Report Supports Removing 4 Dams on Snake Riverby Matthew Daly, Associated Press
Seattle Times, September 5, 2002
WASHINGTON -- Breaching four Snake River dams in Eastern Washington would neither hurt economic growth in the Northwest nor erode the region's power supply, according to a new report by the Rand Corp.
The report, released yesterday, says the dams provide just 5 percent of the power in the Pacific Northwest and could be removed with little impact on the overall economy.
Removal of the dams could help the region diversify its power supply, the report says, while providing up to 15,000 new jobs over 20 years, primarily in recreation.
Environmentalists hailed the report, saying it provides clear-cut evidence that dam removal is in the region's best interest. Conservationists have long pushed to breach, or remove the earthen parts of the dams, to hasten recovery of threatened salmon and steelhead.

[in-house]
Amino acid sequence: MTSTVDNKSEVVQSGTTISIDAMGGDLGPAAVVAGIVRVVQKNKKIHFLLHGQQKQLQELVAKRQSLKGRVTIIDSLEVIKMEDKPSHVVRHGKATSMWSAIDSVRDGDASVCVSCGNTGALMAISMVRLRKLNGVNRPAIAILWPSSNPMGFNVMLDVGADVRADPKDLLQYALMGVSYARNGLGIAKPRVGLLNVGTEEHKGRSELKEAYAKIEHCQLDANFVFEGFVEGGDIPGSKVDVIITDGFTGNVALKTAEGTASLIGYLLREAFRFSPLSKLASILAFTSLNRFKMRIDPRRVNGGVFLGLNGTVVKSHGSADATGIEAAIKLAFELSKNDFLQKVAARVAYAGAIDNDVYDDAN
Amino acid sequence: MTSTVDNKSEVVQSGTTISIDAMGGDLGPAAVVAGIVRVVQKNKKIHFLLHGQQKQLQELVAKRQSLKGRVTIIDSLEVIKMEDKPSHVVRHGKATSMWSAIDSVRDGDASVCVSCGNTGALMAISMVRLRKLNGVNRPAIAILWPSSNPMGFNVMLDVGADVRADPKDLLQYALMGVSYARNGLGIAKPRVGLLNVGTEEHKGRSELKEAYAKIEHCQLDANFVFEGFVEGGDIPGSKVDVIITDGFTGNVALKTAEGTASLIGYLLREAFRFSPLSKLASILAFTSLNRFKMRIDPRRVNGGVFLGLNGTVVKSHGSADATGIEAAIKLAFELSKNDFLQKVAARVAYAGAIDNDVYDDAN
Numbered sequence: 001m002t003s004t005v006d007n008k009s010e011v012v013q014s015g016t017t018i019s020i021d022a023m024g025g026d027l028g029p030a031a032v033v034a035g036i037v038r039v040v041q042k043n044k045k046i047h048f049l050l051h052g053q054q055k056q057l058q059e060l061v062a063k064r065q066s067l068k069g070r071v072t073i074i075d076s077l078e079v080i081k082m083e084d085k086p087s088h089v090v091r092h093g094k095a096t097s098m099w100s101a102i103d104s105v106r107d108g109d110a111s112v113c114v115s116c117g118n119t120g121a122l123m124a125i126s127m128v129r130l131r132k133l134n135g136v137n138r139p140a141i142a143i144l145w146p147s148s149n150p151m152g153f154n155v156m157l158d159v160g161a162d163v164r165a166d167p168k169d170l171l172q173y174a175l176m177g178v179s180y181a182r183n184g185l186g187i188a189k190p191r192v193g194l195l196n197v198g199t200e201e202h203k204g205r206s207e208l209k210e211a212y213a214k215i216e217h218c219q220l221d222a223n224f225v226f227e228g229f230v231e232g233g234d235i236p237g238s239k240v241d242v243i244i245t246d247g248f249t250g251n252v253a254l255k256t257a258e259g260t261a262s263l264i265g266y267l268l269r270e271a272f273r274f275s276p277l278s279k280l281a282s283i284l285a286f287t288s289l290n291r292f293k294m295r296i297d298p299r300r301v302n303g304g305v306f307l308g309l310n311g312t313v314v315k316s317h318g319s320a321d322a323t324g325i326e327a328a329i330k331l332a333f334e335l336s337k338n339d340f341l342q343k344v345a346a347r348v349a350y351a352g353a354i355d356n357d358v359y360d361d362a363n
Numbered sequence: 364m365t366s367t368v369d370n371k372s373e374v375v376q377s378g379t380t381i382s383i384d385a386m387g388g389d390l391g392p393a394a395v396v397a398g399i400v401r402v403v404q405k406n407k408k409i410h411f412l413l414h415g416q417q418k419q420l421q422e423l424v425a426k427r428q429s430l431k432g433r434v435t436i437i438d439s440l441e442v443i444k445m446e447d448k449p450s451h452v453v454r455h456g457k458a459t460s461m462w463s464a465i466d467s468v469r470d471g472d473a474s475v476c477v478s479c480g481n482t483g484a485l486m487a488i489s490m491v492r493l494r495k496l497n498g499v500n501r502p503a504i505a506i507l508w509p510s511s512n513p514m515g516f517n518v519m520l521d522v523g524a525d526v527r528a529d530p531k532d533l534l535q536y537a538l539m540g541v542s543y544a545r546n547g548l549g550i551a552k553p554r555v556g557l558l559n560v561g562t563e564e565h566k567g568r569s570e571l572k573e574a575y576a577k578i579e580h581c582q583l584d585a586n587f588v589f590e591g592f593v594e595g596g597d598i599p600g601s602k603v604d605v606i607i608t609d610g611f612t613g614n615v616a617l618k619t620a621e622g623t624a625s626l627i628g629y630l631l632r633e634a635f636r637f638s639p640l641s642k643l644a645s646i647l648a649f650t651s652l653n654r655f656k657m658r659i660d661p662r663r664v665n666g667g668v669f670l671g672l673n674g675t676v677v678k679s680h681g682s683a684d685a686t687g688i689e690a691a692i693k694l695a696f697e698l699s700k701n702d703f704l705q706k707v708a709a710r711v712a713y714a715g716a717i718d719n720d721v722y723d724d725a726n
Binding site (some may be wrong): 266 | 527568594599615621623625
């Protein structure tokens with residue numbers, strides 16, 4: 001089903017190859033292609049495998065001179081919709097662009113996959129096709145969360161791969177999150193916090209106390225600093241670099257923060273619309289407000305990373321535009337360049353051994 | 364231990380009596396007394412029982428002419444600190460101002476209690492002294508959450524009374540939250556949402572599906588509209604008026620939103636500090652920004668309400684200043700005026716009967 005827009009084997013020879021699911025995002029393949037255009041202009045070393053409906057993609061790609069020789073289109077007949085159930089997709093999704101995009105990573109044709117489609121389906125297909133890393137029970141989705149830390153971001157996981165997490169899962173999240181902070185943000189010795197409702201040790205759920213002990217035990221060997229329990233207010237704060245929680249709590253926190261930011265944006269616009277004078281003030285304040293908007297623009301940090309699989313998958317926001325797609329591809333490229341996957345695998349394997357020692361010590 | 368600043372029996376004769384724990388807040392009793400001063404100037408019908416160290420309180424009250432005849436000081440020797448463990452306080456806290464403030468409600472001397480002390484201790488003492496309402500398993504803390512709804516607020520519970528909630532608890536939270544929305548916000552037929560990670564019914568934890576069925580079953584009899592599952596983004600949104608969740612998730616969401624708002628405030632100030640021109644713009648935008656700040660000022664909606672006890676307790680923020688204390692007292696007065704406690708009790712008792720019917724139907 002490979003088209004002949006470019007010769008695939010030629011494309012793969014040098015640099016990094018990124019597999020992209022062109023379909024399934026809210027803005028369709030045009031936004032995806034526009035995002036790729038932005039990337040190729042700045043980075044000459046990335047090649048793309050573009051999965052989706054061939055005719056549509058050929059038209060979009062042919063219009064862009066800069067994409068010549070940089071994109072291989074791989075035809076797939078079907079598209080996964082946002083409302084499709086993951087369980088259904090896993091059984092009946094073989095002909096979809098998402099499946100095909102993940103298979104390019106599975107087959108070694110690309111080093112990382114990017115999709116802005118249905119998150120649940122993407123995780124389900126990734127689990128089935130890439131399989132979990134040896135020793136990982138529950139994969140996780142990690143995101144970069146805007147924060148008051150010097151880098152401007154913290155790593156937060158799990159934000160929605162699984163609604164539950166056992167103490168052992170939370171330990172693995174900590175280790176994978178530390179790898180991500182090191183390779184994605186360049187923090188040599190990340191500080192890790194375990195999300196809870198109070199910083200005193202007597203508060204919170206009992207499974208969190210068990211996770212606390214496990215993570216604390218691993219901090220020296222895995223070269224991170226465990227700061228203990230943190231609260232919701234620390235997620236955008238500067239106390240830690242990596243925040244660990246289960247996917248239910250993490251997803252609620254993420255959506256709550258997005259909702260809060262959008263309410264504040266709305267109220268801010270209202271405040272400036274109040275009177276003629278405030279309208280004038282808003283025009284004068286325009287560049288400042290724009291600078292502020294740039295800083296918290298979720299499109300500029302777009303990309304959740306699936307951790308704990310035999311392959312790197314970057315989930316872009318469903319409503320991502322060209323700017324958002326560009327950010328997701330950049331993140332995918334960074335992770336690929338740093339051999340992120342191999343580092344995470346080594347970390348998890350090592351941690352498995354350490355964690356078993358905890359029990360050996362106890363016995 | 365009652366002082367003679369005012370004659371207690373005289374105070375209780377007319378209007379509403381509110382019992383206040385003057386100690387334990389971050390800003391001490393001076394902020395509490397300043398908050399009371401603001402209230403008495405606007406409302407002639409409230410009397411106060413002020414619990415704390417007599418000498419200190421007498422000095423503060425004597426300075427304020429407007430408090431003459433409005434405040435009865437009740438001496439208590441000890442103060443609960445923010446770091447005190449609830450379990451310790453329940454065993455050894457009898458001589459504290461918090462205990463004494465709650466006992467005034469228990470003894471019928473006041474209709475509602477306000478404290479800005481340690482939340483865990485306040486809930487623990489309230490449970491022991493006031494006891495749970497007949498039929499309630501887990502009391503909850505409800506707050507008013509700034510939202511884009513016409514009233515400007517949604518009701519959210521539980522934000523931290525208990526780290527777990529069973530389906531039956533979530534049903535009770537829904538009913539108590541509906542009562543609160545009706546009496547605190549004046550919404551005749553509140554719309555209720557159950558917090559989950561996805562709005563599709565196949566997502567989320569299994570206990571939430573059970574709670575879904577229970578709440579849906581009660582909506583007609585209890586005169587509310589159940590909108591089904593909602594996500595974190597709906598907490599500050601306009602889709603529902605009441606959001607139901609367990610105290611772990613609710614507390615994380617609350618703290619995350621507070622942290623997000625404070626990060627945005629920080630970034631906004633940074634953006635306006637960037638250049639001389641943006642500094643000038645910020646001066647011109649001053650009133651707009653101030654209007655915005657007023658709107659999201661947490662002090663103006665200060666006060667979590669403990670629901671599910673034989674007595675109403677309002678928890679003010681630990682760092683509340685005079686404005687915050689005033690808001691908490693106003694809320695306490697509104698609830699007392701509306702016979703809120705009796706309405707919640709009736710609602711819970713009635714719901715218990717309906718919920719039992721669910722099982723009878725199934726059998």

"The Rand report rejects the myth that dam removal must pit jobs versus wildlife," said Pat Ford, head of Save Our Wild Salmon, an advocacy group.
But U.S. Rep. George Nethercutt, R-Spokane, whose district includes Ice Harbor, Lower Monumental, Little Goose and Lower Granite dams, said the report didn't convince him breaching is a good idea.
Former Interior Secretary Bruce Babbitt, neutral on dam breaching in office, said, "Once they've served their purpose, they ought to come down."
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